Between Heschel and Buber: A Comparative Study (Emunot: Jewish Philosophy and Kabbalah) (Hardcover)

Between Heschel and Buber: A Comparative Study (Emunot: Jewish Philosophy and Kabbalah) By Alexander Even-Chen, Ephraim Meir Cover Image
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Description


Abraham Joshua Heschel and Martin Buber were giant thinkers of the twentieth century who made significant contributions to the understanding of religious consciousness and of Judaism. They wrote on various subjects, such as the Bible, the commandments, Hasidism, Zionism and Christianity, and had much in common, though they also differed on substantial points. Of special note is the intense and fruitful interaction that took place between them. Until now, scholars have not undertaken a comparative analysis of Buber and Heschel as eminent contemporary interpreters of the Jewish tradition. In this volume, Meir and Even-Chen have taken upon themselves the challenge of monitoring their agreements and disputes.

About the Author


Ephraim Meir (PhD Louvain University, Belgium) is Professor of Modern Jewish Philosophy at Bar-Ilan University, Ramat Gan, Israel. He has been a guest professor in Strasbourg, Heidelberg, and Phoenix, Arizona, and a regular guest professor at Hamburg University. Among his recent books are Levinas's Jewish Thought between Jerusalem and Athens (2008), Identity Dialogically Constructed (2011), and Differenz und Dialog (2011). Alexander Even-Chen (PhD Hebrew University) is Professor of Medieval and Modern Jewish Philosophy at Schechter Institute of Jewish Studies, Jerusalem, Israel. He received rabbinical ordination at Schechter Institute of Jewish Studies and is the author of A Voice from the Darkness. Abraham Joshua Heschel, Phenomenology and Mysticism (in Hebrew), Tel-Aviv 1999; The Binding of Isaac - Mystical and Philosophical Interpretations of the Bible (in Hebrew), Tel-Aviv 2006.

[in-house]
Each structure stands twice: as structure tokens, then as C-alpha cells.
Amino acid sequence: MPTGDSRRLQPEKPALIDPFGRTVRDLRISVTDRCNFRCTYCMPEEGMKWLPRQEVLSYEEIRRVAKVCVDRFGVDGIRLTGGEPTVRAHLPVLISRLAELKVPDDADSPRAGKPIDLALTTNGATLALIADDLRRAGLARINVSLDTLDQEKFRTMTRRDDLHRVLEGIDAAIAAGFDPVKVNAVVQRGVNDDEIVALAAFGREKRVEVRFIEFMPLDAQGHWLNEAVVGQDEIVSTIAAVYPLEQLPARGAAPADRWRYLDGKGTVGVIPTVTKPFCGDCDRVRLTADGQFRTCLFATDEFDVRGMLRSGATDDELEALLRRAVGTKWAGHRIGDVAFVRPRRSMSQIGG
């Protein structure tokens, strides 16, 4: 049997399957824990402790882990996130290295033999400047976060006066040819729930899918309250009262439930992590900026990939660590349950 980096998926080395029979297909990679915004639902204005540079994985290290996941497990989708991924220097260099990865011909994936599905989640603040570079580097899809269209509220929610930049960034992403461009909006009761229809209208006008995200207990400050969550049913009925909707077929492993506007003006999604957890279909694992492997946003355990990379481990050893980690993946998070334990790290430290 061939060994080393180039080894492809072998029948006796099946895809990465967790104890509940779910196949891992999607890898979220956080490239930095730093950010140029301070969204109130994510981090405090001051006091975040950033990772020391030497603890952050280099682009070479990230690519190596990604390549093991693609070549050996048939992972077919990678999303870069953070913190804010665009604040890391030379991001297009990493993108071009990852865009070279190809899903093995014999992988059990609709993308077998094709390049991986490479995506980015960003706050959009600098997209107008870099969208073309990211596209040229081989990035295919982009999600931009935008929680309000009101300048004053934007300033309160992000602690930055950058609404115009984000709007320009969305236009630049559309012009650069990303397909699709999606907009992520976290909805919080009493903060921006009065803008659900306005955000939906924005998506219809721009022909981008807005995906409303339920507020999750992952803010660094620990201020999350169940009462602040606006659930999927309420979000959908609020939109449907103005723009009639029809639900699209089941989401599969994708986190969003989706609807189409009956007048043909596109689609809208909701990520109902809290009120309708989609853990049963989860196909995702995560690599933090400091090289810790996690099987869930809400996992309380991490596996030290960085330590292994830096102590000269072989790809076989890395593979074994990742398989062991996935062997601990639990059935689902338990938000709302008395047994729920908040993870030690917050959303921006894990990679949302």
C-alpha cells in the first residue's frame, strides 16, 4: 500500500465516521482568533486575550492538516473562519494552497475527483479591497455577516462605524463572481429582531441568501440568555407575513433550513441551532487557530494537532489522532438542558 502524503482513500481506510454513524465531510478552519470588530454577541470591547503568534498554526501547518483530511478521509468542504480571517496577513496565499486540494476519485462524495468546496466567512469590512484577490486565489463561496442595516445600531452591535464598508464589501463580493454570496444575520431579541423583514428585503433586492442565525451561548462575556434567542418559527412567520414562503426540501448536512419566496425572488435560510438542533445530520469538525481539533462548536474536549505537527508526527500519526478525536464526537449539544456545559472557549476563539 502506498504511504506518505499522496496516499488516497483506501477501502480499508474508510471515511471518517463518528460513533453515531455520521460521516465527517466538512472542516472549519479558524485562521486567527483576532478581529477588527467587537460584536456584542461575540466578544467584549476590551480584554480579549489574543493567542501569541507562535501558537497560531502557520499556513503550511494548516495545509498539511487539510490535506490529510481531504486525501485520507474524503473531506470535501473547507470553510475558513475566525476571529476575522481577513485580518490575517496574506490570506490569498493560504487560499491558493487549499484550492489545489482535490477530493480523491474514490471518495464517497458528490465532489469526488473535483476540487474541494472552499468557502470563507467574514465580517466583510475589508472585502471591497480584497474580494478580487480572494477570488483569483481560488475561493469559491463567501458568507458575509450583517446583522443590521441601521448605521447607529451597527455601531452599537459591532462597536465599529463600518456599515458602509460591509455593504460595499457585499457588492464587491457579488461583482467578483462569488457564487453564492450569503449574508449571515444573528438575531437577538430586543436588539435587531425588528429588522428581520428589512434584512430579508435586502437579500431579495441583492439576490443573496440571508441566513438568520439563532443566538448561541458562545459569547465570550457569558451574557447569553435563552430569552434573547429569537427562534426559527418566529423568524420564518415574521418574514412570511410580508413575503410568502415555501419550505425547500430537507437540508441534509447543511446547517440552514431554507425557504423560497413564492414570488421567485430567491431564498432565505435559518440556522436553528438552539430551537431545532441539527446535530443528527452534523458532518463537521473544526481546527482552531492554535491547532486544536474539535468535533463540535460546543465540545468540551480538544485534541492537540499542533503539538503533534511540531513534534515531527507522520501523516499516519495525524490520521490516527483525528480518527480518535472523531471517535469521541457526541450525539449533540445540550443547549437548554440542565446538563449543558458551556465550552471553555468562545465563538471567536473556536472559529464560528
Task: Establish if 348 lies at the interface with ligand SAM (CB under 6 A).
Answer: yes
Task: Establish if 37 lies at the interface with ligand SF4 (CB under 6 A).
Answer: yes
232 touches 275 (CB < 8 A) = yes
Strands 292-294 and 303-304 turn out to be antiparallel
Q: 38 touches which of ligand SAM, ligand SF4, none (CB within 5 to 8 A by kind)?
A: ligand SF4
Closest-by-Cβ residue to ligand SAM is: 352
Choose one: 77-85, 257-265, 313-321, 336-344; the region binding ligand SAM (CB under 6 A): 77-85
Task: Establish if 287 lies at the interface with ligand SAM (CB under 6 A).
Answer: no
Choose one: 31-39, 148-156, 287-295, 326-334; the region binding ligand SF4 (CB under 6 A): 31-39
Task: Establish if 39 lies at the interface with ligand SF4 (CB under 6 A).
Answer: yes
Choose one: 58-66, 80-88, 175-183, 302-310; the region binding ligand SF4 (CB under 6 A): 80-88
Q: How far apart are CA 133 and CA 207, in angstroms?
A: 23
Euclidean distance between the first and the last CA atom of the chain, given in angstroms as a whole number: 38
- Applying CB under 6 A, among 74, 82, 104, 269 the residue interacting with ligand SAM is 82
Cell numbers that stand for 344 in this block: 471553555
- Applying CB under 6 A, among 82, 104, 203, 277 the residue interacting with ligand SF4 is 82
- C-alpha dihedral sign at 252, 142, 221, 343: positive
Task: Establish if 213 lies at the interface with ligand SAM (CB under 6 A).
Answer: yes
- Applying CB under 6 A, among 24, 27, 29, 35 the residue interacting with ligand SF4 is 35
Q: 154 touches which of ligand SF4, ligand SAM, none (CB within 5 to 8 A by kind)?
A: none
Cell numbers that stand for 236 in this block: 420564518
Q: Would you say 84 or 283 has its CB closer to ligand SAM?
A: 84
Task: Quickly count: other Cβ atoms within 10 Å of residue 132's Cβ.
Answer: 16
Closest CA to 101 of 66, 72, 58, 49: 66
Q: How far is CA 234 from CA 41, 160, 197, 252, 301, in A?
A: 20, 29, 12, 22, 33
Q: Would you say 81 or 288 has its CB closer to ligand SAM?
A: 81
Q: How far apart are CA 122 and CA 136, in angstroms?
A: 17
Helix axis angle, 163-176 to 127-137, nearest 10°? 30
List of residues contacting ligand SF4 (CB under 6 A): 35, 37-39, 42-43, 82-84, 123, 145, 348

Product Details
ISBN: 9781936235728
ISBN-10: 1936235722
Publisher: Academic Studies Press
Publication Date: October 1st, 2012
Pages: 320
Language: English
Series: Emunot: Jewish Philosophy and Kabbalah